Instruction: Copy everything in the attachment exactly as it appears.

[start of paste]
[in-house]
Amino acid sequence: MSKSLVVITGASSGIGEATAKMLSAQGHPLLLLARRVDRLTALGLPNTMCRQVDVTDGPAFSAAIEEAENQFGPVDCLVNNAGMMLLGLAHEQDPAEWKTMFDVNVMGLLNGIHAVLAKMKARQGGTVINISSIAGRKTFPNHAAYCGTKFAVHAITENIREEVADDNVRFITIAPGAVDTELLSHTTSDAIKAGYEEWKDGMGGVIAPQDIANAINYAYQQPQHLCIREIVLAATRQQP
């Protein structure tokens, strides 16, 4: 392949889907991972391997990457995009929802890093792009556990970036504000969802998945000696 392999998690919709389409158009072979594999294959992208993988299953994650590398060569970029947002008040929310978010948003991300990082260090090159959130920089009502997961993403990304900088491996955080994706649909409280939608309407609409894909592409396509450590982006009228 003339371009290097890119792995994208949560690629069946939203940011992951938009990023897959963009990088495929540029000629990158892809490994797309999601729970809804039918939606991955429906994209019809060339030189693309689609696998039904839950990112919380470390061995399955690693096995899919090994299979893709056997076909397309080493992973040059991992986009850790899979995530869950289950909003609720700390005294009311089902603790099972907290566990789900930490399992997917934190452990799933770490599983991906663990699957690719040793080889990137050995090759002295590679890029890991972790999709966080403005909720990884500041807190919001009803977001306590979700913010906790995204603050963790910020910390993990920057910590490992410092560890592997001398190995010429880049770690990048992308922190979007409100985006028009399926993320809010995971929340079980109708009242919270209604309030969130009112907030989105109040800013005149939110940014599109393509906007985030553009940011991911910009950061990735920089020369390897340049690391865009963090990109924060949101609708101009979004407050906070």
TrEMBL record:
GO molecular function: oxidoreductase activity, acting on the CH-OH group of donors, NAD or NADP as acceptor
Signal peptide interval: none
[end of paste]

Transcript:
[in-house]
Amino acid sequence: MSKSLVVITGASSGIGEATAKMLSAQGHPLLLLARRVDRLTALGLPNTMCRQVDVTDGPAFSAAIEEAENQFGPVDCLVNNAGMMLLGLAHEQDPAEWKTMFDVNVMGLLNGIHAVLAKMKARQGGTVINISSIAGRKTFPNHAAYCGTKFAVHAITENIREEVADDNVRFITIAPGAVDTELLSHTTSDAIKAGYEEWKDGMGGVIAPQDIANAINYAYQQPQHLCIREIVLAATRQQP
């Protein structure tokens, strides 16, 4: 392949889907991972391997990457995009929802890093792009556990970036504000969802998945000696 392999998690919709389409158009072979594999294959992208993988299953994650590398060569970029947002008040929310978010948003991300990082260090090159959130920089009502997961993403990304900088491996955080994706649909409280939608309407609409894909592409396509450590982006009228 003339371009290097890119792995994208949560690629069946939203940011992951938009990023897959963009990088495929540029000629990158892809490994797309999601729970809804039918939606991955429906994209019809060339030189693309689609696998039904839950990112919380470390061995399955690693096995899919090994299979893709056997076909397309080493992973040059991992986009850790899979995530869950289950909003609720700390005294009311089902603790099972907290566990789900930490399992997917934190452990799933770490599983991906663990699957690719040793080889990137050995090759002295590679890029890991972790999709966080403005909720990884500041807190919001009803977001306590979700913010906790995204603050963790910020910390993990920057910590490992410092560890592997001398190995010429880049770690990048992308922190979007409100985006028009399926993320809010995971929340079980109708009242919270209604309030969130009112907030989105109040800013005149939110940014599109393509906007985030553009940011991911910009950061990735920089020369390897340049690391865009963090990109924060949101609708101009979004407050906070």
TrEMBL record:
GO molecular function: oxidoreductase activity, acting on the CH-OH group of donors, NAD or NADP as acceptor
Signal peptide interval: none